The cell surface pH of Dcn−/− cells was measured as previously described for B16 melanoma cells [50]. Initially, cells were seeded on collagen I and cultured for 24 h. The glycocalix was then labeled with 12.5 µg/ml wheat germ agglutinin (WGA, Molecular Probes) in HEPES-buffered Ringer solution [51]. pH was measured ratiometrically using the Metafluor software (Visitron Systems GmbH, Puchheim, Germany). Cells were continuously superfused with prewarmed (37°C) Hepes-buffered Ringer solutions of pH 7.2. The excitation wavelength for WGA alternated between 440 nm and 490 nm while the emitted fluorescence intensities were monitored at 510 nm using a Photometrics camera (CoolSnapfx, Visitron Systems). A ratio was calculated from the intensities measured at 440 and 490 nm. Thus, the measurement was virtually independent of the amount of dye excited in a given region of interest and represented the local proton concentration. Fluorescence intensities were measured in 35 second intervals and corrected for background fluorescence by subtracting background intensities of control regions placed right next to the measured regions of interest. At the end of each experiment, the pH measurements were calibrated applying the nigericin/high [K+] method as published [50].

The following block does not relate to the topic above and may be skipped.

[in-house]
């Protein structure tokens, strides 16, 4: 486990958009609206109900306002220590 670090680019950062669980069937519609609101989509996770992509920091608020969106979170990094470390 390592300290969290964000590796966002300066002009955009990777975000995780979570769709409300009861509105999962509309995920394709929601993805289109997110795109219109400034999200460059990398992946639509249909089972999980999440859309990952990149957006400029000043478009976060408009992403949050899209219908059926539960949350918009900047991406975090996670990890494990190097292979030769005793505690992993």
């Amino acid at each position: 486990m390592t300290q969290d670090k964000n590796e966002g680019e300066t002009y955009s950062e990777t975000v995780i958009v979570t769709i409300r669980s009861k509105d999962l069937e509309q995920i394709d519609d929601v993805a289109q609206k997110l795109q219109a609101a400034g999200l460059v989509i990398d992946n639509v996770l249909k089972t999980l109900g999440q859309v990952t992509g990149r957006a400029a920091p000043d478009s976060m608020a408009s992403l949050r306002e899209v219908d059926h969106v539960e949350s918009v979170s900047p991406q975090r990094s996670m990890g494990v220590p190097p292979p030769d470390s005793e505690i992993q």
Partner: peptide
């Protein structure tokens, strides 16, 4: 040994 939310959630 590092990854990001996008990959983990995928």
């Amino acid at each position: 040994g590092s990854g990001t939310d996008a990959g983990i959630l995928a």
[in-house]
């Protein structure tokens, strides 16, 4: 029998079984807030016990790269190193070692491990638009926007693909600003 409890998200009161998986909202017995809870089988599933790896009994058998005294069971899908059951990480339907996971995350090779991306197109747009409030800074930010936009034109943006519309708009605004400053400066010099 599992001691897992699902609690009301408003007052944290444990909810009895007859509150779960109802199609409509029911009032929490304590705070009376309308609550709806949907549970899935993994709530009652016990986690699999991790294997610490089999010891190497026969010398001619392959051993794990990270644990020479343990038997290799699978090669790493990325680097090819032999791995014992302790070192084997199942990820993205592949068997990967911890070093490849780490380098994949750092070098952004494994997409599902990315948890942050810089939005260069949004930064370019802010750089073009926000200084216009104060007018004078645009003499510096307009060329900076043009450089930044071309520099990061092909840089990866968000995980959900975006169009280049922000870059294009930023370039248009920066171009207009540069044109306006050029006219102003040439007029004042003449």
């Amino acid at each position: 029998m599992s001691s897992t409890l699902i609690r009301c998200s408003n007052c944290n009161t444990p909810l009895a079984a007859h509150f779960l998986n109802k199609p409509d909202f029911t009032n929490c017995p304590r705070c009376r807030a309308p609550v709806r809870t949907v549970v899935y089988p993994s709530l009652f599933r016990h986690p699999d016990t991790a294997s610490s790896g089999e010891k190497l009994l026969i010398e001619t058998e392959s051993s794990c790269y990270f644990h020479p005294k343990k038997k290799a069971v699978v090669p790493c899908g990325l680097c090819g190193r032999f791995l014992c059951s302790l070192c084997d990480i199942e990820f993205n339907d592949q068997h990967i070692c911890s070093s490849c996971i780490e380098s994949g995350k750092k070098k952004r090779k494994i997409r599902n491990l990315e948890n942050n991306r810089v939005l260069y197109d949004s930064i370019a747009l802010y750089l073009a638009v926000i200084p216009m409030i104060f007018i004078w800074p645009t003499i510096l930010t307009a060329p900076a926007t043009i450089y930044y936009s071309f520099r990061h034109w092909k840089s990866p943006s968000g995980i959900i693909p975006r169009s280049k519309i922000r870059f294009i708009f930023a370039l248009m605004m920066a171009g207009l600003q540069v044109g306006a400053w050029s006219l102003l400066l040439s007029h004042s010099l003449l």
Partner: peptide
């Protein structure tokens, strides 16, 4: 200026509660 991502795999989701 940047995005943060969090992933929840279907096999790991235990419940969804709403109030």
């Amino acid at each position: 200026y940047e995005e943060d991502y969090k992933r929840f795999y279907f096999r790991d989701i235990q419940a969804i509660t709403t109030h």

Blocking of ß1 Integrin

To analyse the effect of blocking the β1 integrin subunit, cells were incubated with Low Endotoxin Azide Free (LEAF™) β1 integrin blocking antibody (5 µg/ml) for 6 h at 37°C. Cells were washed twice with PBS and harvested with urea containing lysis buffer. Vimentin expression was analysed by Western blotting as described above.


The Loss of Decorin Affects Vimentin Expression in vitro and in vivo